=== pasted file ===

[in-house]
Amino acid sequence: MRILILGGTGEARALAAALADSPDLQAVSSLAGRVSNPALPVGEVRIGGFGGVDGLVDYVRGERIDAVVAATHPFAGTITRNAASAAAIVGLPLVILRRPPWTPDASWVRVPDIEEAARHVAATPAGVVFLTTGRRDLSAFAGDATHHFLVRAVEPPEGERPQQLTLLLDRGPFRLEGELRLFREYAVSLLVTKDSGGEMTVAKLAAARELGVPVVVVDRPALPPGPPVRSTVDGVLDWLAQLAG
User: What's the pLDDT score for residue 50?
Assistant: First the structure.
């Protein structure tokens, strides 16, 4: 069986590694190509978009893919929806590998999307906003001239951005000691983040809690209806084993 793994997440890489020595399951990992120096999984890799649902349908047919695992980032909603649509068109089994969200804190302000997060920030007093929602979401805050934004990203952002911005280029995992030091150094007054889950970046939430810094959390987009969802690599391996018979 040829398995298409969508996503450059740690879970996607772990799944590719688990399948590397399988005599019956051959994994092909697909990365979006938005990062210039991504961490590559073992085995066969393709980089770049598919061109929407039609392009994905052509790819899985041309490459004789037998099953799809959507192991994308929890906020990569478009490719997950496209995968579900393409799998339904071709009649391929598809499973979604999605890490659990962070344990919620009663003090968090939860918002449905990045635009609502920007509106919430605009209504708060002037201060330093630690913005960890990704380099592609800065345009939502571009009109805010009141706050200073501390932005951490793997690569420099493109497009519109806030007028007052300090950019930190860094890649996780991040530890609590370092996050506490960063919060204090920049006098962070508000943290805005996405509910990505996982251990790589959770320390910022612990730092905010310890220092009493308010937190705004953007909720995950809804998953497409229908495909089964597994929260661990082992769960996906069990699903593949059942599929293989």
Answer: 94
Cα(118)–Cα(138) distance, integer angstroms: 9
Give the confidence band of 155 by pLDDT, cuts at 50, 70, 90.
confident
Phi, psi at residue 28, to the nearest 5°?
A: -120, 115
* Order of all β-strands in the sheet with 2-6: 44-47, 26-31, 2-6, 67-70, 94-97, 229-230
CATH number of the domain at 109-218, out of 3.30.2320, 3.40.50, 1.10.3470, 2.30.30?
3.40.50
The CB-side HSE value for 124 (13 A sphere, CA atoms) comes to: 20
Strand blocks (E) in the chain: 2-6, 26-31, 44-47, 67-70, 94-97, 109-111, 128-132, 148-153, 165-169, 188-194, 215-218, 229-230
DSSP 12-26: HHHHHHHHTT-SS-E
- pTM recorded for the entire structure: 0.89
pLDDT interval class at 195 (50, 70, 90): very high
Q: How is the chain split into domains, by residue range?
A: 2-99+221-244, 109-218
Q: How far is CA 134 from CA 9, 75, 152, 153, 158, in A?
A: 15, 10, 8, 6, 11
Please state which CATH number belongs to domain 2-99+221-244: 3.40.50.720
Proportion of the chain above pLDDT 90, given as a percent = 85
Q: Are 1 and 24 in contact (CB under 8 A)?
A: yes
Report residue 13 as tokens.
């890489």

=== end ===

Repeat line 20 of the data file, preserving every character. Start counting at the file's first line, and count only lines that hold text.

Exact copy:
Q: How is the chain split into domains, by residue range?